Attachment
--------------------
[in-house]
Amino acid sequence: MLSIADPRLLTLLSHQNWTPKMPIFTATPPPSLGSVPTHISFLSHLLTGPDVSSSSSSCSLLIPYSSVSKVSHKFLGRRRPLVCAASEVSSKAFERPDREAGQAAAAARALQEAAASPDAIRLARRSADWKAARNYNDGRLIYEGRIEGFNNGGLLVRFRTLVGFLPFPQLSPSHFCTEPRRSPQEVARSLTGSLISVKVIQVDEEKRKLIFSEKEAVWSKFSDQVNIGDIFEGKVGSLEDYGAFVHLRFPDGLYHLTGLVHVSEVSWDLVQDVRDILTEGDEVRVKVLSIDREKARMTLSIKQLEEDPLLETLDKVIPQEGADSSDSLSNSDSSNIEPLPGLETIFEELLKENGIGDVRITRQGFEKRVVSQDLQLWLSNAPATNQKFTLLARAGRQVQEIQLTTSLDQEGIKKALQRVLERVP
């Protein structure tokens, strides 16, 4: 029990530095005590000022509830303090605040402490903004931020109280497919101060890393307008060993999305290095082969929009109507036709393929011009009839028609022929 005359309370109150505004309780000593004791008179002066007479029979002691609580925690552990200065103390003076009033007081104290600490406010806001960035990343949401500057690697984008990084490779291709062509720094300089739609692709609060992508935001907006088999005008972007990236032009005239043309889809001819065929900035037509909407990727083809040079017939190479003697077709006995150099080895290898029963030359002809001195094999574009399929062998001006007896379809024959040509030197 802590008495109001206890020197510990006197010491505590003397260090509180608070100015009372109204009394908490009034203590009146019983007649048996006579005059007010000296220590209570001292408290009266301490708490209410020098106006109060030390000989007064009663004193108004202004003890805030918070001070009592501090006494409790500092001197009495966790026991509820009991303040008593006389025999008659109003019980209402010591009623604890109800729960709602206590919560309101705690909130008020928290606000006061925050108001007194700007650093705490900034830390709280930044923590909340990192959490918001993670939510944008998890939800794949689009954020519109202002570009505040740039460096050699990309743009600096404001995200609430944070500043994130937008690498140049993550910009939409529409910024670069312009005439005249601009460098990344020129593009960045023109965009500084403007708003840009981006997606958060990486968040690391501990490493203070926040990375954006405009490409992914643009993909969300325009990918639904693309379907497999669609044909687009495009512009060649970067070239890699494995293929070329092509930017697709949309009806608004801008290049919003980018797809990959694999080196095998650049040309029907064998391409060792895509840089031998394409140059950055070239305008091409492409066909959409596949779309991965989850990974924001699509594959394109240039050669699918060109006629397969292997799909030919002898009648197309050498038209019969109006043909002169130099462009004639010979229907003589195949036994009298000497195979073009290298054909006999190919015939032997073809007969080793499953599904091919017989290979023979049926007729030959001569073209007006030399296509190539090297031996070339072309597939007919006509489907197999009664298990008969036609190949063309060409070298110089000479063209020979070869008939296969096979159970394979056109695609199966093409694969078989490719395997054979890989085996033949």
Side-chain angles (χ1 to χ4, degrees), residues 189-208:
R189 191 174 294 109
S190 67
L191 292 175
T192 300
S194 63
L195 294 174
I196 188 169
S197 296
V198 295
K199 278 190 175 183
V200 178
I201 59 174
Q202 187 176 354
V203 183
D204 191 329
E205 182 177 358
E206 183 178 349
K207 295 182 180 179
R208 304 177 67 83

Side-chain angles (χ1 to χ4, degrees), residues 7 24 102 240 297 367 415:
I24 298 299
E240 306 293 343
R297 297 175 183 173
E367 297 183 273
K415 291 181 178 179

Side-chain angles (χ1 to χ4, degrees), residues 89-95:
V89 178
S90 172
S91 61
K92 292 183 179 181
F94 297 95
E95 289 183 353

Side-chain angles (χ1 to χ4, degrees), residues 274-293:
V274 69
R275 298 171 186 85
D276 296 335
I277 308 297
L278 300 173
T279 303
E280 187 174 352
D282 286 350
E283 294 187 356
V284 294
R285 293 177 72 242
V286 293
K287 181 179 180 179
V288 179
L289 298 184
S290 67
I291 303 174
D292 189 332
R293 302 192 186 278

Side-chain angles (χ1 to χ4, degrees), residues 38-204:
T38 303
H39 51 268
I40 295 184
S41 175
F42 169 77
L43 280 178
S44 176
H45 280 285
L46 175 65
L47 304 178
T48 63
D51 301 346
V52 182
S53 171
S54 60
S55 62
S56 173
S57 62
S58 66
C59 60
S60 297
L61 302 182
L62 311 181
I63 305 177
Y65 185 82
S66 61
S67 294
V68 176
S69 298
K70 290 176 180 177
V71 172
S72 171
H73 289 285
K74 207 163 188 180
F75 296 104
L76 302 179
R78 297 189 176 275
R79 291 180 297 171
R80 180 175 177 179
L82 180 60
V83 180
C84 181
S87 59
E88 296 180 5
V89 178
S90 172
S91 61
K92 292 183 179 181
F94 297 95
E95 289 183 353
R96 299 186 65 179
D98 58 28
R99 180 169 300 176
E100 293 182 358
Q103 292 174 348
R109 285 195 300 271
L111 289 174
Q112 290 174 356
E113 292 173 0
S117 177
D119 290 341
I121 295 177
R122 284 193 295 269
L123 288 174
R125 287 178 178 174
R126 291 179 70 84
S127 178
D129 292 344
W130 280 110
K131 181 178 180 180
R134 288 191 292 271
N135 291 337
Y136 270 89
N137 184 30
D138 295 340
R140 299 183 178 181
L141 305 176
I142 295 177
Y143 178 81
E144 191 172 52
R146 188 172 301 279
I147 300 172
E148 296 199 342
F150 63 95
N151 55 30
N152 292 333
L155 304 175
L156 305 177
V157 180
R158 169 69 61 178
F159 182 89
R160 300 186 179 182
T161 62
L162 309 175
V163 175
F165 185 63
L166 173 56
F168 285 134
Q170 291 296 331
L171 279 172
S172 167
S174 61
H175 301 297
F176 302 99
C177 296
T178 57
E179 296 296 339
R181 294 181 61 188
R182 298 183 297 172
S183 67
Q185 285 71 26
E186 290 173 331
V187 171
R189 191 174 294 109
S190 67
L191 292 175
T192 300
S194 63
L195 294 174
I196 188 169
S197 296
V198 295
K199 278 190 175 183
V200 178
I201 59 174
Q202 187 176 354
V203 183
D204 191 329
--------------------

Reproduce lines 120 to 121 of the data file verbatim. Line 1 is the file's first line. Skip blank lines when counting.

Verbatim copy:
R122 284 193 295 269
L123 288 174